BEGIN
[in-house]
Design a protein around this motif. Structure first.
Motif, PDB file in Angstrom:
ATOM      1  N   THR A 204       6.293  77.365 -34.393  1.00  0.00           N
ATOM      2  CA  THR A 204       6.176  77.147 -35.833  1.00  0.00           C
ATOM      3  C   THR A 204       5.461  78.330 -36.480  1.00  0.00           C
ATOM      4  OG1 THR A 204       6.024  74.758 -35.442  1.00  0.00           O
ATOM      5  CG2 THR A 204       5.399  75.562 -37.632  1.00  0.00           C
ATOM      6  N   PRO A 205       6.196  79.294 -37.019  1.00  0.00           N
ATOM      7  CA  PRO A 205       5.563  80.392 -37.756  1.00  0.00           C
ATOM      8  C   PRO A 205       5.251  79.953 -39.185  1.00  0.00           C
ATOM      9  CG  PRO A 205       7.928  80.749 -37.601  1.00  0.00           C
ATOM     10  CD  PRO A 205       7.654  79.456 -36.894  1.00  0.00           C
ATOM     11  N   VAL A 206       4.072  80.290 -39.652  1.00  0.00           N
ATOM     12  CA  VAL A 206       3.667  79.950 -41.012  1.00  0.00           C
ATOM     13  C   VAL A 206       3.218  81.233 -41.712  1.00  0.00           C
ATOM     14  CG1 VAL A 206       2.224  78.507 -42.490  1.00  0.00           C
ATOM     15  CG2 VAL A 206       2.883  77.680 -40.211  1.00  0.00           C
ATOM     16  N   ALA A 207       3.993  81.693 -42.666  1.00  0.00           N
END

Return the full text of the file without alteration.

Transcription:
[in-house]
Design a protein around this motif. Structure first.
Motif, PDB file in Angstrom:
ATOM      1  N   THR A 204       6.293  77.365 -34.393  1.00  0.00           N
ATOM      2  CA  THR A 204       6.176  77.147 -35.833  1.00  0.00           C
ATOM      3  C   THR A 204       5.461  78.330 -36.480  1.00  0.00           C
ATOM      4  OG1 THR A 204       6.024  74.758 -35.442  1.00  0.00           O
ATOM      5  CG2 THR A 204       5.399  75.562 -37.632  1.00  0.00           C
ATOM      6  N   PRO A 205       6.196  79.294 -37.019  1.00  0.00           N
ATOM      7  CA  PRO A 205       5.563  80.392 -37.756  1.00  0.00           C
ATOM      8  C   PRO A 205       5.251  79.953 -39.185  1.00  0.00           C
ATOM      9  CG  PRO A 205       7.928  80.749 -37.601  1.00  0.00           C
ATOM     10  CD  PRO A 205       7.654  79.456 -36.894  1.00  0.00           C
ATOM     11  N   VAL A 206       4.072  80.290 -39.652  1.00  0.00           N
ATOM     12  CA  VAL A 206       3.667  79.950 -41.012  1.00  0.00           C
ATOM     13  C   VAL A 206       3.218  81.233 -41.712  1.00  0.00           C
ATOM     14  CG1 VAL A 206       2.224  78.507 -42.490  1.00  0.00           C
ATOM     15  CG2 VAL A 206       2.883  77.680 -40.211  1.00  0.00           C
ATOM     16  N   ALA A 207       3.993  81.693 -42.666  1.00  0.00           N